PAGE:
Brutal civil war leaves South Sudan on brink of collapse
Ethnic divisions in South Sudan's civil war heighten its brutality and risks
When not plotting military strategy to seize South Sudan's crucial oil fields, sacked vice-president turned rebel chief Riek Machar spends time reading the economic and political history Why Nations Fail.
Cynics might argue he would do better to simply look around his basic bush camp, where mutinous soldiers and an allied ethnic militia crammed with child soldiers ready themselves to attack government forces, as a brutal four-month-long civil war in which thousands have already been killed intensifies.
"I didn't want to fight any more war again," Machar said in a recent interview at his rebel hideout, saying people had enough of fighting during Sudan's long civil war, in which he was a guerilla commander.
It was that war, which lasted more two decades, that paved the way for South Sudan's independence from the north.
But although less than three years old, the world's youngest nation is spiralling towards collapse. With a ceasefire deal in tatters, the United Nations fear more than one million people are at risk of famine, and analysts warn the war is dragging in neighbouring countries.
Over one million people have fled their homes, with violence worsening amid a renewed offensive by the rebel forces, as well as revenge attacks by multiple militia forces.
"Propping up the government in Juba and polishing its legitimacy with a dose of political dialogue and a dash of power sharing will not end the conflict," the International Crisis Group (ICG) wrote in a recent report.
On Thursday, hundreds of gunmen stormed a UN peacekeeping base in the flashpoint town of Bor, killing at least 48 men, women and children from a rival ethnic group sheltering there before peacekeepers fought them off.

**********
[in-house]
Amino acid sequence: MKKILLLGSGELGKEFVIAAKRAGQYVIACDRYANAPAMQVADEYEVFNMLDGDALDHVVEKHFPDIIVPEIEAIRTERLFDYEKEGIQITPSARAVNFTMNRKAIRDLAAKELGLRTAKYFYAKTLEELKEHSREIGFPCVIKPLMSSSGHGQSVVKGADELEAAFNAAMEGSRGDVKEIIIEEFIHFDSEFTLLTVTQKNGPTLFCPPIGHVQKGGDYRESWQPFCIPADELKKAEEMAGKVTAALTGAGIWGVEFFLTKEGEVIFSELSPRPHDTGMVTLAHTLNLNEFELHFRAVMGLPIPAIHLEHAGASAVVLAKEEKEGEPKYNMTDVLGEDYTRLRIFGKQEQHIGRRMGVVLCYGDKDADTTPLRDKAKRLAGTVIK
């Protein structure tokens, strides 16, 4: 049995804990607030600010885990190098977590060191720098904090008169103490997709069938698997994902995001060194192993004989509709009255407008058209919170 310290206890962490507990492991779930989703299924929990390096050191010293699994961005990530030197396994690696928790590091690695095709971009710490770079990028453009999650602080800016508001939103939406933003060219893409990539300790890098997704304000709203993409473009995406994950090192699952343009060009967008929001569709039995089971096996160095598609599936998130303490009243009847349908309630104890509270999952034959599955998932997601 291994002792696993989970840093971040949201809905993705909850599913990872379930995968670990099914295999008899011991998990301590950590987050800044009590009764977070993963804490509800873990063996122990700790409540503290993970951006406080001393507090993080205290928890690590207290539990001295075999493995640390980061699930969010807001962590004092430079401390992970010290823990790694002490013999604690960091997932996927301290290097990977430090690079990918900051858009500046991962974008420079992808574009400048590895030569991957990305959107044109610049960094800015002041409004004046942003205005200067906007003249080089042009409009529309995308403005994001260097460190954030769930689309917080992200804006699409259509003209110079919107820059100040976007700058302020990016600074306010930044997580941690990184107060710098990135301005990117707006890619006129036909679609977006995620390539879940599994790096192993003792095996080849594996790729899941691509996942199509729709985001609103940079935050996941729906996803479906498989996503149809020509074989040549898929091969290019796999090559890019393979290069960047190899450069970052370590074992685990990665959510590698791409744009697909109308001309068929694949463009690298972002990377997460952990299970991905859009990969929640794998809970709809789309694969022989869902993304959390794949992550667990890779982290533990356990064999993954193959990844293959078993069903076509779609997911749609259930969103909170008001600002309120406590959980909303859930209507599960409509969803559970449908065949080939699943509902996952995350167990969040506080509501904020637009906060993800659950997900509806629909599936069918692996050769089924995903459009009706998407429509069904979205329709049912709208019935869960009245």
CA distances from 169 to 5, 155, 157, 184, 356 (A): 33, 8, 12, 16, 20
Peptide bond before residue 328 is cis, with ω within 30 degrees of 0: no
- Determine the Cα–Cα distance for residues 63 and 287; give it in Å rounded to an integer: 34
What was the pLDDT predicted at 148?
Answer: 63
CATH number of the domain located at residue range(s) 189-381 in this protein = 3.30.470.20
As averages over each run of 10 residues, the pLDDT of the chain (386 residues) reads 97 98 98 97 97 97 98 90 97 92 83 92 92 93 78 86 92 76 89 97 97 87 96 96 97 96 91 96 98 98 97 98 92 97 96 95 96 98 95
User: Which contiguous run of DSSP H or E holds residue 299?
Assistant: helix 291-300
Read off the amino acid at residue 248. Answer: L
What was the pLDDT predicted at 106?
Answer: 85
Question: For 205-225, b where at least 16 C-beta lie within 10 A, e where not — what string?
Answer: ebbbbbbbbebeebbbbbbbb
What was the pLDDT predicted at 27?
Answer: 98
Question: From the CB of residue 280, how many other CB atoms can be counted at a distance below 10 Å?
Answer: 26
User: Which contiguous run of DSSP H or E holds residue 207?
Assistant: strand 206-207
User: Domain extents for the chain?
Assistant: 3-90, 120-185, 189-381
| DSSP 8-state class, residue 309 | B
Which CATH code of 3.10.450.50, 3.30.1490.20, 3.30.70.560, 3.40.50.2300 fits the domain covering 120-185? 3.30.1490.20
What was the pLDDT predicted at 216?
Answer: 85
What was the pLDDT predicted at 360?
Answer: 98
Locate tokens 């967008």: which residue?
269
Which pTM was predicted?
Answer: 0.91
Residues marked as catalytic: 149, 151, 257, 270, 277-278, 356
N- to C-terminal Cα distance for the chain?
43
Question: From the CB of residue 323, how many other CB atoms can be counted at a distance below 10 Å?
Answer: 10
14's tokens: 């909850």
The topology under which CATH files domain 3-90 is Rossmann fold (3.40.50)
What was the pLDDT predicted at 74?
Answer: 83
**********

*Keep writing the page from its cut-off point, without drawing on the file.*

The UN Security Council called the attack an "outrage" that may constitute a war crime. When fighting broke out on December 15, it was sparked by "primarily political" arguments between Machar and President Salva Kiir, the ICG said, but the battles have since escalated, spreading to other states in the oil-rich but impoverished nation.
"Ethnic targeting, communal mobilisation and spiralling violence quickly led to appalling levels of brutality against civilians," according to the ICG.
Atrocities were also carried out further north in the oil hub of Bentiu, which the army admitted on Wednesday it had lost to rebel forces. The UN aid agency said it had reports of "targeted killings based on ethnicity", with "several dozen" corpses rotting on the streets.
The violence is rooted in decades-old grievances between former rebels turned political leaders, combined with unhealed wounds left over from the long civil war that preceded South Sudan's independence from Khartoum in 2011.
The fighting is between soldiers loyal to Kiir and mutinous troops who sided with Machar, but has also taken on an ethnic dimension, pitting Kiir's Dinka tribe against militia forces from Machar's Nuer people.
Many of the fragile gains made with the billions of dollars of international development aid that poured in after independence have been lost.
Neighbouring Uganda has sent in troops and jet fighters to back the government, while Information Minister Michael Makuei has accused "forces from Sudan" of backing Machar, although he stopped short of actively accusing the government in Khartoum of interfering.